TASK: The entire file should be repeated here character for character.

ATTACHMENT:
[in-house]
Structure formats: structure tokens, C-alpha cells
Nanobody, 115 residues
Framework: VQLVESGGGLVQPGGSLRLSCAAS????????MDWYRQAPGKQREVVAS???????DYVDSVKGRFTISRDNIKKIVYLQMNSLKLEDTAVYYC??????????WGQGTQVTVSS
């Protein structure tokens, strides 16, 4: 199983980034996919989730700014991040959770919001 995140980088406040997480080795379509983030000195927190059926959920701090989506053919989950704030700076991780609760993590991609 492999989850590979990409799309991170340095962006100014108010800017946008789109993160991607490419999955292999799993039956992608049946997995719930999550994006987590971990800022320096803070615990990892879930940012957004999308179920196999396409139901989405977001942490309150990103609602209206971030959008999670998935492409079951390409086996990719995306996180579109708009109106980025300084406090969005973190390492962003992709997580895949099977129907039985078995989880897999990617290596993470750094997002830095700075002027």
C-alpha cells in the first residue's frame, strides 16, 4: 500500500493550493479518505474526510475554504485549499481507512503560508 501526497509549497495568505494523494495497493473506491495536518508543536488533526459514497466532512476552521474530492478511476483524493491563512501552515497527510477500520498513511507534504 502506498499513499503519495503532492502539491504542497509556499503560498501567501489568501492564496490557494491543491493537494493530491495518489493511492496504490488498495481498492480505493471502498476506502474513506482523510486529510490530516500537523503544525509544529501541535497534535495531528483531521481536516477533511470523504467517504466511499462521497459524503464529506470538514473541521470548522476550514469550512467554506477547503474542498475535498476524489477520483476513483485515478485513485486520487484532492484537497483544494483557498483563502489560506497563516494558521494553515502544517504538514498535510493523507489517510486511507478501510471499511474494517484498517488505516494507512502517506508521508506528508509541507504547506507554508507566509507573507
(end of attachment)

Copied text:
[in-house]
Structure formats: structure tokens, C-alpha cells
Nanobody, 115 residues
Framework: VQLVESGGGLVQPGGSLRLSCAAS????????MDWYRQAPGKQREVVAS???????DYVDSVKGRFTISRDNIKKIVYLQMNSLKLEDTAVYYC??????????WGQGTQVTVSS
């Protein structure tokens, strides 16, 4: 199983980034996919989730700014991040959770919001 995140980088406040997480080795379509983030000195927190059926959920701090989506053919989950704030700076991780609760993590991609 492999989850590979990409799309991170340095962006100014108010800017946008789109993160991607490419999955292999799993039956992608049946997995719930999550994006987590971990800022320096803070615990990892879930940012957004999308179920196999396409139901989405977001942490309150990103609602209206971030959008999670998935492409079951390409086996990719995306996180579109708009109106980025300084406090969005973190390492962003992709997580895949099977129907039985078995989880897999990617290596993470750094997002830095700075002027």
C-alpha cells in the first residue's frame, strides 16, 4: 500500500493550493479518505474526510475554504485549499481507512503560508 501526497509549497495568505494523494495497493473506491495536518508543536488533526459514497466532512476552521474530492478511476483524493491563512501552515497527510477500520498513511507534504 502506498499513499503519495503532492502539491504542497509556499503560498501567501489568501492564496490557494491543491493537494493530491495518489493511492496504490488498495481498492480505493471502498476506502474513506482523510486529510490530516500537523503544525509544529501541535497534535495531528483531521481536516477533511470523504467517504466511499462521497459524503464529506470538514473541521470548522476550514469550512467554506477547503474542498475535498476524489477520483476513483485515478485513485486520487484532492484537497483544494483557498483563502489560506497563516494558521494553515502544517504538514498535510493523507489517510486511507478501510471499511474494517484498517488505516494507512502517506508521508506528508509541507504547506507554508507566509507573507